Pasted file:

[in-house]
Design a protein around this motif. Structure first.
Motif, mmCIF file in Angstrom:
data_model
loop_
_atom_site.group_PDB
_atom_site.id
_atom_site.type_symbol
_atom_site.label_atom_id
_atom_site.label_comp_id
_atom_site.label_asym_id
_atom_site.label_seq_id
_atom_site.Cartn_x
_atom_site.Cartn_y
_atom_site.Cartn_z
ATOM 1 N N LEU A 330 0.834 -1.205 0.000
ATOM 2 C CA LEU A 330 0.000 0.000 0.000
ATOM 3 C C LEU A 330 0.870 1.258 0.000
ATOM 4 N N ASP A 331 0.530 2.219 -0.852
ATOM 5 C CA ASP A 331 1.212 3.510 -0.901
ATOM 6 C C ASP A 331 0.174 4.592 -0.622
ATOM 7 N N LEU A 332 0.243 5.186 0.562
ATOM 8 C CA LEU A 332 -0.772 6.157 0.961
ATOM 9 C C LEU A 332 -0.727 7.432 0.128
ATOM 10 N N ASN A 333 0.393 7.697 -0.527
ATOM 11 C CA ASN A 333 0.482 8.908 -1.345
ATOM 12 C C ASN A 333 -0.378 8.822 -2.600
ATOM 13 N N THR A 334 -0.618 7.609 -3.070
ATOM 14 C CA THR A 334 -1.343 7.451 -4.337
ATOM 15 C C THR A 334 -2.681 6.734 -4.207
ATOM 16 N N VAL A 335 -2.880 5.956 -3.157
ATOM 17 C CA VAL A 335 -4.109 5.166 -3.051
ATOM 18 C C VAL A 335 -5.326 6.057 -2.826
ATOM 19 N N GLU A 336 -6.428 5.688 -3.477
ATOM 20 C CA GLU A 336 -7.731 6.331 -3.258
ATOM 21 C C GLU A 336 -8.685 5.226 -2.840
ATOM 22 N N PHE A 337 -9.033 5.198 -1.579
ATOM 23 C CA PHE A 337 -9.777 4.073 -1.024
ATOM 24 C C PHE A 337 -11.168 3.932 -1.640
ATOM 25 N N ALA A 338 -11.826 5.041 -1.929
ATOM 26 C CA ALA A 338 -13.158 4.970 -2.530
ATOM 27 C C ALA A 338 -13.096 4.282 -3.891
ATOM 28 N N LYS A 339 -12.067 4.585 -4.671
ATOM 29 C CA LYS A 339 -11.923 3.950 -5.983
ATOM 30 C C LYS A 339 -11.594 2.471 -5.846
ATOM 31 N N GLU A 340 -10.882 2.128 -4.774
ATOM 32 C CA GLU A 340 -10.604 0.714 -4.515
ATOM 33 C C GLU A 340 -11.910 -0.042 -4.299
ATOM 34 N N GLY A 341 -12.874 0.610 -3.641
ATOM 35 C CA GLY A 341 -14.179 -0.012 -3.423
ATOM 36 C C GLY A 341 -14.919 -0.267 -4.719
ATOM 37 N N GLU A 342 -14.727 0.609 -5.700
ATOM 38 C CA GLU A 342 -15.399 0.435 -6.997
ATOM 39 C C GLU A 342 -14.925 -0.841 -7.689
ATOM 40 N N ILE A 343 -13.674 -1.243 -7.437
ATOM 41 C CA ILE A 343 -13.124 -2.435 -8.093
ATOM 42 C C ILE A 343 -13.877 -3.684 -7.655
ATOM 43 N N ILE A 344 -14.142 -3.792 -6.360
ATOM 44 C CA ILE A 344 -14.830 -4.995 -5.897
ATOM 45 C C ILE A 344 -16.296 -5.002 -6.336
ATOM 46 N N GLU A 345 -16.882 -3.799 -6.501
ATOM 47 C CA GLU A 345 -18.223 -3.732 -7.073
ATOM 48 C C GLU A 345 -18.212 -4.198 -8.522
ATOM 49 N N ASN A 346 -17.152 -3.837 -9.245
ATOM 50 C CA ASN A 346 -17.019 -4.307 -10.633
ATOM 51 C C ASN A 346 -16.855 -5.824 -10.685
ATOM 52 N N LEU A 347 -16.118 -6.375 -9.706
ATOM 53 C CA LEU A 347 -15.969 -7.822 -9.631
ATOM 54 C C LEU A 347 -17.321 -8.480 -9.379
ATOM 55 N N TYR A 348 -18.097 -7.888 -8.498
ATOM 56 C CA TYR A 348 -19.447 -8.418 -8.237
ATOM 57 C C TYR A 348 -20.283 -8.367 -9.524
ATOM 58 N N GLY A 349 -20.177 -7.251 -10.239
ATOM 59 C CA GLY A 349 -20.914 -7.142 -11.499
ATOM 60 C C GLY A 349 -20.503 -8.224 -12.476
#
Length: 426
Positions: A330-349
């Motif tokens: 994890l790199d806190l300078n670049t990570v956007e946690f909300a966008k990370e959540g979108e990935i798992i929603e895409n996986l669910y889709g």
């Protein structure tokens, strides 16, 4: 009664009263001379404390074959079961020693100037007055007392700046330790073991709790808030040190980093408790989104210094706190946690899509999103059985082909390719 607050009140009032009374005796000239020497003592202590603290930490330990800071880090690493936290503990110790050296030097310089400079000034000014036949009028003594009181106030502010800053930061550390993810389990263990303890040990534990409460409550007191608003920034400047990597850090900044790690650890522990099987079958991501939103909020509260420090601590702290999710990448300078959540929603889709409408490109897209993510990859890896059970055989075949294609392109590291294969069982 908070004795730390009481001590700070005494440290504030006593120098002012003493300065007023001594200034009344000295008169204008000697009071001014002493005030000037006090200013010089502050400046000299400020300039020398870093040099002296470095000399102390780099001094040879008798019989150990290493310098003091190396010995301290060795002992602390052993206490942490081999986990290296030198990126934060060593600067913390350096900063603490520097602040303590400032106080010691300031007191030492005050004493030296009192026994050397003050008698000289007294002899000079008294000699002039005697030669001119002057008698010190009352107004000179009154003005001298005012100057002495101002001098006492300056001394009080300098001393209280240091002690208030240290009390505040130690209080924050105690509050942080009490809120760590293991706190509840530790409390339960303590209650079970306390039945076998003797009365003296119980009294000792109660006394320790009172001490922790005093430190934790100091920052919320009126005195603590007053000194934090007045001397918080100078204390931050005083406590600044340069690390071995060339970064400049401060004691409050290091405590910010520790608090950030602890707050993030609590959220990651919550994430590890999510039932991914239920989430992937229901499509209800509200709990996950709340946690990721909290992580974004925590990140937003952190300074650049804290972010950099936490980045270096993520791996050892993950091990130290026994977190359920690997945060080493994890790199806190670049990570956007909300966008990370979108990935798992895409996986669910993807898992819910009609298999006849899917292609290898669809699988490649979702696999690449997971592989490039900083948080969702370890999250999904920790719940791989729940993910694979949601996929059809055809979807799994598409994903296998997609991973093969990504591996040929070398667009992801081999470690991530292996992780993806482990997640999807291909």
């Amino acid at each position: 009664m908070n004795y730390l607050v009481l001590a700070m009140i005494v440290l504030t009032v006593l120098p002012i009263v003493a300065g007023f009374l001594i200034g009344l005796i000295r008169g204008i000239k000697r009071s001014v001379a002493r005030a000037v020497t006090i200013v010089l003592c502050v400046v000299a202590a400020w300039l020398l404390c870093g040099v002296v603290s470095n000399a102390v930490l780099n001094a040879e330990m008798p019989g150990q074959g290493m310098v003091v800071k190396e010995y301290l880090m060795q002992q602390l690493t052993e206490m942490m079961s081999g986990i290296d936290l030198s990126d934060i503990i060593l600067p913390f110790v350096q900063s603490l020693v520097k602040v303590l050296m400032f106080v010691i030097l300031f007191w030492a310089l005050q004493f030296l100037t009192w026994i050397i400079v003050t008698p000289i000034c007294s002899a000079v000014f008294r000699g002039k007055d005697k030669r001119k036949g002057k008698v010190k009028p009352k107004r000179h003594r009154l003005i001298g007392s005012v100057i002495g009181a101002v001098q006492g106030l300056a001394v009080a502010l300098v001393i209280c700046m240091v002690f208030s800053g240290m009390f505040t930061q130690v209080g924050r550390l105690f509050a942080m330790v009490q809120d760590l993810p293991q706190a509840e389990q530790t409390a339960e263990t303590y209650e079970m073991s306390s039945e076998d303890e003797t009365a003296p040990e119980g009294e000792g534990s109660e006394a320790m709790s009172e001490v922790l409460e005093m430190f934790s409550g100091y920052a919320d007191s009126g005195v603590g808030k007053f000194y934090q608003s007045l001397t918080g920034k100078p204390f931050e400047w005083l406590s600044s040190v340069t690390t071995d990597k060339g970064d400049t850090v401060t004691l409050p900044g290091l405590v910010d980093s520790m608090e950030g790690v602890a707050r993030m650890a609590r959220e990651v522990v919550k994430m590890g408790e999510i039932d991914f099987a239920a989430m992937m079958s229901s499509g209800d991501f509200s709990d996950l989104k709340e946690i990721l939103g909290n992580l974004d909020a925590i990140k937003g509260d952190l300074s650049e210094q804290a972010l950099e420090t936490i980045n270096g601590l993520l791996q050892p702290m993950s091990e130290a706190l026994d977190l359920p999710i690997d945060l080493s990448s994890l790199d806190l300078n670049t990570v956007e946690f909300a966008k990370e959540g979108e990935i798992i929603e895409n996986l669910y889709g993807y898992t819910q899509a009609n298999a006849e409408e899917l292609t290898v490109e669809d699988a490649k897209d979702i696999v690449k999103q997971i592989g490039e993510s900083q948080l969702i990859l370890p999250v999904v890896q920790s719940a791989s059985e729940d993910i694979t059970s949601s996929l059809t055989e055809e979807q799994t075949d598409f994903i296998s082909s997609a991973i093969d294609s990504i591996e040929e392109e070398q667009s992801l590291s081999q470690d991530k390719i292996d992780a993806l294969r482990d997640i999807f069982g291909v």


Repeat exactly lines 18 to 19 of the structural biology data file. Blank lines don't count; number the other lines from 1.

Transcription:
ATOM 3 C C LEU A 330 0.870 1.258 0.000
ATOM 4 N N ASP A 331 0.530 2.219 -0.852